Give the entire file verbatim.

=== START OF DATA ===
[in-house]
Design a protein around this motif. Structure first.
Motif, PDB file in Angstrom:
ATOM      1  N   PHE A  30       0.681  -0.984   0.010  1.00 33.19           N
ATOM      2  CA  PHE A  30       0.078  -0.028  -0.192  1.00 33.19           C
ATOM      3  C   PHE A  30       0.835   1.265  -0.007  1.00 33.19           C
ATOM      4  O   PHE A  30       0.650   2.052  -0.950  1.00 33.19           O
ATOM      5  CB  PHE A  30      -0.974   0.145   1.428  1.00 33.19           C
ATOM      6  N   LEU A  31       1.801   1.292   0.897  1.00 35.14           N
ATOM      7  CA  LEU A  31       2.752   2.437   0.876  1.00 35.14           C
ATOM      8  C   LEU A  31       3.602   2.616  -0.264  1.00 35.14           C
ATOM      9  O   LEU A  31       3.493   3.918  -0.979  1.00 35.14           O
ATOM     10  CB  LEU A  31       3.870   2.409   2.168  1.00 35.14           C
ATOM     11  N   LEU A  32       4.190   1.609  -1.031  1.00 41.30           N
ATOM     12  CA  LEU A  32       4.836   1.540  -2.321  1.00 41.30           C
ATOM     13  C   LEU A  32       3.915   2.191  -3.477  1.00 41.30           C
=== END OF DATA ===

[in-house]
Design a protein around this motif. Structure first.
Motif, PDB file in Angstrom:
ATOM      1  N   PHE A  30       0.681  -0.984   0.010  1.00 33.19           N
ATOM      2  CA  PHE A  30       0.078  -0.028  -0.192  1.00 33.19           C
ATOM      3  C   PHE A  30       0.835   1.265  -0.007  1.00 33.19           C
ATOM      4  O   PHE A  30       0.650   2.052  -0.950  1.00 33.19           O
ATOM      5  CB  PHE A  30      -0.974   0.145   1.428  1.00 33.19           C
ATOM      6  N   LEU A  31       1.801   1.292   0.897  1.00 35.14           N
ATOM      7  CA  LEU A  31       2.752   2.437   0.876  1.00 35.14           C
ATOM      8  C   LEU A  31       3.602   2.616  -0.264  1.00 35.14           C
ATOM      9  O   LEU A  31       3.493   3.918  -0.979  1.00 35.14           O
ATOM     10  CB  LEU A  31       3.870   2.409   2.168  1.00 35.14           C
ATOM     11  N   LEU A  32       4.190   1.609  -1.031  1.00 41.30           N
ATOM     12  CA  LEU A  32       4.836   1.540  -2.321  1.00 41.30           C
ATOM     13  C   LEU A  32       3.915   2.191  -3.477  1.00 41.30           C